This course presents methods for the identification of population-based needs for public health intervention, development of programs to meet those needs, and evaluation of the effectiveness of these public health interventions. The course integrates several knowledge and skill areas including: research methods, proposal writing, budget planning, project management, and program evaluation. Students will learn the process of public health programming including research methods, proposal writing, budget planning, assessment, design, planning, implementations, project management, and evaluation.

MPH-645: Special Topics in Public Health (Credits: 1 to 3)

A special topics course highlighting specific areas or themes in public health.

MPH-645E: Violence and Public Health Framework (Credits: 3)

Sexual assault, domestic violence, stalking, trafficking, and other forms of interpersonal violence disproportionately affect women, girls, and marginalized populations. Violence against women has become a significant public health threat with measurable impact on indicators such as illness, injury, and mortality. This course will use the public health framework to examine the causes and consequences of interpersonal violence, including an analysis of individual, community, and societal risk and protective factors, implications for public policy, and research directions for primary prevention.

MPH-645F: Health Disparities (Credits: 3)

This course examines the extent/causes of social inequalities in health. The focus is on individual, community and policy approaches to reducing social inequalities in health.

MPH-645G: Principles of Public Health Informatics (Credits: 3)

The purpose of this course is to provide students with a basic understanding of "Informatics" and its application in a Public Health setting. The goal of Public Health Informatics is for students to understand the basic technological tools and building blocks needed to develop and manage Public Health data collection systems to meet analytical needs. Students will learn how to take these systems and implement them successfully in Public Health environments.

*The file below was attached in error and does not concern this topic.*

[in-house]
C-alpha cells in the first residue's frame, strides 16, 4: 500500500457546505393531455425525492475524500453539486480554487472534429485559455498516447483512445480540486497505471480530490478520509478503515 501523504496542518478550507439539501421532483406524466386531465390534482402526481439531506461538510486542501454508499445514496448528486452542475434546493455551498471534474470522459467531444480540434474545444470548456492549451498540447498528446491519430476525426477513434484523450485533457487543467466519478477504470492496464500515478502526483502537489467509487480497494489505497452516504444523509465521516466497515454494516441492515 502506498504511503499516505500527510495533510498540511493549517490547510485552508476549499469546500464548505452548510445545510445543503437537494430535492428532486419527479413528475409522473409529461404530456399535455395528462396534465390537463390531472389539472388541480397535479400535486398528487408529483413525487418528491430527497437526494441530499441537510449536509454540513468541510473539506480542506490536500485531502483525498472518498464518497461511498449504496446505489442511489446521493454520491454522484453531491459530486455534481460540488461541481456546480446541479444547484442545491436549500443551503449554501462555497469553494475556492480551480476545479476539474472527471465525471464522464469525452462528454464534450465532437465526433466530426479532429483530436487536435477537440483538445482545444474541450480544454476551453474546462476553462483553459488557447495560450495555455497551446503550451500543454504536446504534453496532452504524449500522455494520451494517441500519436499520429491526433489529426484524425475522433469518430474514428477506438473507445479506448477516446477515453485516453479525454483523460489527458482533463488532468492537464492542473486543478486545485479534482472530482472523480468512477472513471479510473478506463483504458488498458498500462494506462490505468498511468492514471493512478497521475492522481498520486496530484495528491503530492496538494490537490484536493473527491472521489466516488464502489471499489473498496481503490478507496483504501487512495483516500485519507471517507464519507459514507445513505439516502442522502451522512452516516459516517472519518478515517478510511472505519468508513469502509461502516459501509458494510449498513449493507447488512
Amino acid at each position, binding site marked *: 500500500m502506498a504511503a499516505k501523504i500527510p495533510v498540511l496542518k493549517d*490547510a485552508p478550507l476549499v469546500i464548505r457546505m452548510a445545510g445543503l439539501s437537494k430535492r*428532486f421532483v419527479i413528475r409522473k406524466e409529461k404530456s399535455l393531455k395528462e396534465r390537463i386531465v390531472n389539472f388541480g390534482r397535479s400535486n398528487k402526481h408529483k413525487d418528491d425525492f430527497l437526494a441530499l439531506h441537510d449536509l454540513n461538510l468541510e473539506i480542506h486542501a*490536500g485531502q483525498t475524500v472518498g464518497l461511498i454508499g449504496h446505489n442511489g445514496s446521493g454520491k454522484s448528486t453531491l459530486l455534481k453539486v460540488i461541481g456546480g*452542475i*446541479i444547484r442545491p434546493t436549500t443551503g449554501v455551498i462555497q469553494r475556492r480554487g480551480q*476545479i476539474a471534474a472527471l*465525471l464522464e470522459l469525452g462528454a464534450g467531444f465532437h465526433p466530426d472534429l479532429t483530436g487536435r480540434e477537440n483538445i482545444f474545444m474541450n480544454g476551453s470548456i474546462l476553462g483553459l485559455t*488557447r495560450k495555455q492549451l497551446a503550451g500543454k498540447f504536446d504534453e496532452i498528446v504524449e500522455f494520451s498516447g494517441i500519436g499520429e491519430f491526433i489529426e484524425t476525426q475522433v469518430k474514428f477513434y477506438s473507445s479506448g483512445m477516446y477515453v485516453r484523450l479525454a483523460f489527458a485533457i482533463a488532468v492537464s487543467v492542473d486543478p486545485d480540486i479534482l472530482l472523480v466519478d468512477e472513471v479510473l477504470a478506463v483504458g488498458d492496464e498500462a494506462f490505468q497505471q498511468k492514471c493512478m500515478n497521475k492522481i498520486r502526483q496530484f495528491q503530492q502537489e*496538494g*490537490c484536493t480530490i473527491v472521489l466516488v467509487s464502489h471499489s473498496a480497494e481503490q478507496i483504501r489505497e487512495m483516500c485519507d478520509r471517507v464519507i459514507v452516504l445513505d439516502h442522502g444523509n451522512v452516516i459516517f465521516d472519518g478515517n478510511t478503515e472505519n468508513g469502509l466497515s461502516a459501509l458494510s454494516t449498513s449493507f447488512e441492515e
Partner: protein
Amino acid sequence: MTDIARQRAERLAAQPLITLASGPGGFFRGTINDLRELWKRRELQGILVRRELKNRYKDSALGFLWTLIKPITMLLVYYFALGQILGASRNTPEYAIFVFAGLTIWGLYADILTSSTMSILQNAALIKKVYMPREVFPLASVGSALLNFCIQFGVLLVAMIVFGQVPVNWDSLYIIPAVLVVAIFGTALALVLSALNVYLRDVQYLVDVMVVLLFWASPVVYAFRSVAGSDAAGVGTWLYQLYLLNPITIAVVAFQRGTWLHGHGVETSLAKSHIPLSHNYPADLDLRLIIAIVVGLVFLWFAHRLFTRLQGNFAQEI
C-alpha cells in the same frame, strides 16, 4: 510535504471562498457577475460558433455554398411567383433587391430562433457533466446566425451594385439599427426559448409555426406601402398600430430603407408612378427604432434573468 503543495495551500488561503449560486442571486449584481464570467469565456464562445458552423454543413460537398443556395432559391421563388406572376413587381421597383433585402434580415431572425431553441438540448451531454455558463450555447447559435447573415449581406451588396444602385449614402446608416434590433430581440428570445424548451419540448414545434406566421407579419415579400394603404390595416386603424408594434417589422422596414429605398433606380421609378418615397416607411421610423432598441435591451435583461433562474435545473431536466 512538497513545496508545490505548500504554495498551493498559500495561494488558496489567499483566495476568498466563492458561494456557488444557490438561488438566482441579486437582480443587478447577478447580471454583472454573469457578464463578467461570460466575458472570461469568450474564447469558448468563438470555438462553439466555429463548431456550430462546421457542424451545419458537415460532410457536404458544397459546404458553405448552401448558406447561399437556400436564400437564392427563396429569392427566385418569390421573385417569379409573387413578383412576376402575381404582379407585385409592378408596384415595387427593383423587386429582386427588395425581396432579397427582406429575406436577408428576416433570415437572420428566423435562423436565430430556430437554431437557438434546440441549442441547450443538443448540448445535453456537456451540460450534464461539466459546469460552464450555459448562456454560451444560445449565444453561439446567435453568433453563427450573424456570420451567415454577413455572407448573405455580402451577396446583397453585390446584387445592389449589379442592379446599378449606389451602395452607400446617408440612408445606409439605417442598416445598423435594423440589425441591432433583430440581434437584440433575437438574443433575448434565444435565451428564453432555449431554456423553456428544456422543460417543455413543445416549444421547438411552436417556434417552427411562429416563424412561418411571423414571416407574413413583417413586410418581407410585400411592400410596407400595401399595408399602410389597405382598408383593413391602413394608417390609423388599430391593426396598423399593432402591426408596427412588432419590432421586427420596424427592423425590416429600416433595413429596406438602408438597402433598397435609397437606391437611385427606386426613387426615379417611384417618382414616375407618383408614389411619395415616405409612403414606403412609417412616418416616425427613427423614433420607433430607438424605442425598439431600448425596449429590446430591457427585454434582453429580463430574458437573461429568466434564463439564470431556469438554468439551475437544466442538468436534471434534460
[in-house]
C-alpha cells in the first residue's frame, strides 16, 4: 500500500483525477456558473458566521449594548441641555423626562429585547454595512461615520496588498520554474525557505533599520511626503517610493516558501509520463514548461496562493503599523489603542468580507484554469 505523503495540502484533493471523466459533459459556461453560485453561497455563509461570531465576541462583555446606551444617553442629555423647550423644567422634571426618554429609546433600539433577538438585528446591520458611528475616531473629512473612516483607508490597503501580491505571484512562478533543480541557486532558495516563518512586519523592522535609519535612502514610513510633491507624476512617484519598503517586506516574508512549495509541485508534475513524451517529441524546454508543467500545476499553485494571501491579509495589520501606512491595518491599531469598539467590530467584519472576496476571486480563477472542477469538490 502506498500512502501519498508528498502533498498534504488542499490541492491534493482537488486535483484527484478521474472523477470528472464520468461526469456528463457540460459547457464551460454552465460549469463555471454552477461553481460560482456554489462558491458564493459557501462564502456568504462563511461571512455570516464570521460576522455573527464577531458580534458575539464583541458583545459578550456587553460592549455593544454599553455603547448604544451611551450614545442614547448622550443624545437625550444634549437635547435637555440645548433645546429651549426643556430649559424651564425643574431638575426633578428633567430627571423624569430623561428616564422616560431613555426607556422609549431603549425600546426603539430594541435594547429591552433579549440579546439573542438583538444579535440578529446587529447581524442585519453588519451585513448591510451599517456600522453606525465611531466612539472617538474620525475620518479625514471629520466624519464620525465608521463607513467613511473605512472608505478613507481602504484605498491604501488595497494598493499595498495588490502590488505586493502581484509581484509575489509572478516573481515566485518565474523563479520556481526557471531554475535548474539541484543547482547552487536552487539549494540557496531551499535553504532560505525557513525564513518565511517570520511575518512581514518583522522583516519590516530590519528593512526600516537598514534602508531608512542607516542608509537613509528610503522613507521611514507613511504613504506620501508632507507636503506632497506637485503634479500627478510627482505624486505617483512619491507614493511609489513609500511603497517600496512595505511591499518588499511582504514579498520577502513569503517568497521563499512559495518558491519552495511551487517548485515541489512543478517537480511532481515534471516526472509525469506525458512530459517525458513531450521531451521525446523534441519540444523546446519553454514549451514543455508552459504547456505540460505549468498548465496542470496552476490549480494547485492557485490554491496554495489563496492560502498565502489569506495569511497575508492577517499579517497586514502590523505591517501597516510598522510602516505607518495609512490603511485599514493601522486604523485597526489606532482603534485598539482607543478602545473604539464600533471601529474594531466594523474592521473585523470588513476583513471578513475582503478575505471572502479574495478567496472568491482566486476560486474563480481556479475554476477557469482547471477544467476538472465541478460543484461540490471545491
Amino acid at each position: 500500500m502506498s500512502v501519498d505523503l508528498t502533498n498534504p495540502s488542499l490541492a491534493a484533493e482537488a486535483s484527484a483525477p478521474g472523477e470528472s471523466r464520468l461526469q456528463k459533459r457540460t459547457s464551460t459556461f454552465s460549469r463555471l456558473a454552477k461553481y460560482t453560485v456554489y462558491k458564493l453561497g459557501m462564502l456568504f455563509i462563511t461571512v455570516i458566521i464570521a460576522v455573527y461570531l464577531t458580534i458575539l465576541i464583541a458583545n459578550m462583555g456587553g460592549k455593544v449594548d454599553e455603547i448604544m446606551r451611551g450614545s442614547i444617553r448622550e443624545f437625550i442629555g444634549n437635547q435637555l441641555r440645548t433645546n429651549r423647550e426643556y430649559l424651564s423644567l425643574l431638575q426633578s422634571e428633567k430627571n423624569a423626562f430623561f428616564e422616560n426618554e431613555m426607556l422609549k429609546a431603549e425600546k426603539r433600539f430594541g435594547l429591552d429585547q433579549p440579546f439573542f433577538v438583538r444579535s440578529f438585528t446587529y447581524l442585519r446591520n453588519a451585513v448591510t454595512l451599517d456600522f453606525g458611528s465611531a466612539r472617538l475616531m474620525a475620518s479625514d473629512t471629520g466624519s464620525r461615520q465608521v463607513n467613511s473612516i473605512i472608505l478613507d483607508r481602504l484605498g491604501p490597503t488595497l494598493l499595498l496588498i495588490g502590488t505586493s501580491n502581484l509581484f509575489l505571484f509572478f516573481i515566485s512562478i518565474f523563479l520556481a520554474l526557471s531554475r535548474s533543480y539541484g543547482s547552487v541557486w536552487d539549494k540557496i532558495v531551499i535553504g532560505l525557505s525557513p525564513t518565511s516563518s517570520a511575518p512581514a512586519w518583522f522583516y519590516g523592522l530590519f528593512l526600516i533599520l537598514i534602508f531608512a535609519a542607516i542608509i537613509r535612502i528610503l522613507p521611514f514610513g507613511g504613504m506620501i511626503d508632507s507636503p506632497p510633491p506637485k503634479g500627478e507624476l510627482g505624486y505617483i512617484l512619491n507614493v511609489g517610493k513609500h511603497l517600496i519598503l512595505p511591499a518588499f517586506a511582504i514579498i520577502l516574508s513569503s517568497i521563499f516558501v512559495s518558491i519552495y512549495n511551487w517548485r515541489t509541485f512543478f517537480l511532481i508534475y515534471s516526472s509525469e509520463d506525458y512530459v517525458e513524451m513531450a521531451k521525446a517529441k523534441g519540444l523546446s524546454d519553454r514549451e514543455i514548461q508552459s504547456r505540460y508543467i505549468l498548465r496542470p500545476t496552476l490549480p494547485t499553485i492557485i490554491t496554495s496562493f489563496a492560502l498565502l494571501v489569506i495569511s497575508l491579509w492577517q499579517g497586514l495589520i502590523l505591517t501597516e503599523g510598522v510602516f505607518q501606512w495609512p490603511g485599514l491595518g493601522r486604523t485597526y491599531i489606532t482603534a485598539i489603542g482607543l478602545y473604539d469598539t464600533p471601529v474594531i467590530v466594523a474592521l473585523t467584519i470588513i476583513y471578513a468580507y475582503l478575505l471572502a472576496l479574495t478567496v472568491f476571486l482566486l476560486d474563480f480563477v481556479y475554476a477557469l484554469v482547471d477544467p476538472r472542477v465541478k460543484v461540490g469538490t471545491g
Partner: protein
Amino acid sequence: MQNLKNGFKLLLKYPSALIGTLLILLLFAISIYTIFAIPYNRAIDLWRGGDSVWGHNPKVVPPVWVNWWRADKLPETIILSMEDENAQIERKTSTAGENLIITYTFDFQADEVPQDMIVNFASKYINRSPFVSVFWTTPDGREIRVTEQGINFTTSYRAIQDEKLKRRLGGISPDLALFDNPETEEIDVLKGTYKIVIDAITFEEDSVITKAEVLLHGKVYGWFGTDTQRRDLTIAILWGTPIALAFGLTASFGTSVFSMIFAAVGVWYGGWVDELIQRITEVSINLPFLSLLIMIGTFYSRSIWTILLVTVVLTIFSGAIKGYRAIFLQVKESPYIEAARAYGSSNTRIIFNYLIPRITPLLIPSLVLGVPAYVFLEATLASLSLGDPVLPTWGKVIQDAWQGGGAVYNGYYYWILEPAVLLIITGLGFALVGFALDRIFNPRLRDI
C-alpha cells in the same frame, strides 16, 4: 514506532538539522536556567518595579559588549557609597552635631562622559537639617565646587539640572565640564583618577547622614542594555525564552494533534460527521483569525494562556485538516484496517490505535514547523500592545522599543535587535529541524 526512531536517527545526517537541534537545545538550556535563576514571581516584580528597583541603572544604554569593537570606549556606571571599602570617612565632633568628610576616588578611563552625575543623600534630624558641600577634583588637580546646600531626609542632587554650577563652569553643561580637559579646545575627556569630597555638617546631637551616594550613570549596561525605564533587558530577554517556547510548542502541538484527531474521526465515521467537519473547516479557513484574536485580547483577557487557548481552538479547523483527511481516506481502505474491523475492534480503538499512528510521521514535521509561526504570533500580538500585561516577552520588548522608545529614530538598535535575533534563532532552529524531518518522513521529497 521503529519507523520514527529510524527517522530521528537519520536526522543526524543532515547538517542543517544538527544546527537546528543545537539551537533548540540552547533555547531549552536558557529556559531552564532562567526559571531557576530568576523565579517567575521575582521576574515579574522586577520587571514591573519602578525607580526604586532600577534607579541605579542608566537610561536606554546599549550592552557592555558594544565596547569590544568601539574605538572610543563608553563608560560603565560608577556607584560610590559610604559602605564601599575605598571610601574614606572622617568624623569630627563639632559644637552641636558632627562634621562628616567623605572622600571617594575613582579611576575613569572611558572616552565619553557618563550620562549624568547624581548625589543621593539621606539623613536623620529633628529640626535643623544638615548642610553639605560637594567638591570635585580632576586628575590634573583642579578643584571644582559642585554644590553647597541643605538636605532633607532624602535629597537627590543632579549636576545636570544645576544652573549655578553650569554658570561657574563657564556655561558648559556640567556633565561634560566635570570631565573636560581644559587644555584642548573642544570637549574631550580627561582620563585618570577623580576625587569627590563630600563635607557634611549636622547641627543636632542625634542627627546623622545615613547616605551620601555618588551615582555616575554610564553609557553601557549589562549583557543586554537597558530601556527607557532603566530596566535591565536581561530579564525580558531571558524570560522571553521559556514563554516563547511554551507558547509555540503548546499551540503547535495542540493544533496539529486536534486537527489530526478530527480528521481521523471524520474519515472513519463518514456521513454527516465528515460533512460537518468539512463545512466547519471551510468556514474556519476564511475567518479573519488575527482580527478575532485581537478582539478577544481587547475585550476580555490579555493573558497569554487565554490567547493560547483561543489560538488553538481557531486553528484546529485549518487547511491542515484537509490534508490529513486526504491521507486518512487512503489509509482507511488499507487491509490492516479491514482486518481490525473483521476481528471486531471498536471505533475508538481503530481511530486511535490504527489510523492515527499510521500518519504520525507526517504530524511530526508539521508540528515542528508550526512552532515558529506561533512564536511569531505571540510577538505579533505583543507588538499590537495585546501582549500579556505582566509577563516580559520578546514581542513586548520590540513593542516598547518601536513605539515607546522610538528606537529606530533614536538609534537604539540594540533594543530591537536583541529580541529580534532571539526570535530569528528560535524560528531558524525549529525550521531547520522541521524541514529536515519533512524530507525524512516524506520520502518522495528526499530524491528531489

MPH-645H: Contemporary Topics in Global Health (Credits: 3)

The focus of this course is an overview of public health on a global scale. Students in this course will immerse themselves with a global outlook of public health, and understand how disease and illness ignore national borders. The course will begin with a broad overview of the global health situation, comparing the different regions of the world. Students will then be exposed to specific topics in global health, including infectious diseases, chronic diseases, women and children's health, nutrition, occupational and environmental diseases, mental health, culture/religion and health, traditional and indigenous health, and health care systems. The course will be a blend of lectures and discussion, along with guest lectures and multimedia presentations. The capstone for the course will be a presentation and final paper on a topic of the student's choice.

MPH-645I: Advanced Epidemiology (Credits: 3)

MPH 645I will introduce students to intermediate and advanced principles in Epidemiology. This class will focus primarily on epidemiologic methods for practice and research, including study designs, bias, confounding, effect modification, and interaction. Students will learn how to design epidemiologic studies, plan epidemiologic analysis and analyze data.

MPH-655: Infectious Disease Epidemiology (Credits: 3)

Infectious Disease Epidemiology provides an overview of the foundations and methods used in assessing the phenomena of infectious disease from a public health perspective. The cause and treatment of common infectious diseases are explored as a foundation for the learning objectives.

MPH-668: Directed Studies (Credits: 1 to 4)

Allows students to undertake independent research and readings on special topics not fully covered in the MPC Program. Requires consent of instructor and school dean. This course is repeatable for credit.

MPH-690: Capstone Research Project (Credits: 6)

This capstone course will require students to synthesize all previous course work and practical experience to generate an evidence-based public health research project. Students will select a research topic, submit intermediate assignments, generate a submission-quality research paper, and present the results to peers and faculty. Faculty mentors will provide guidance along each step of the research process.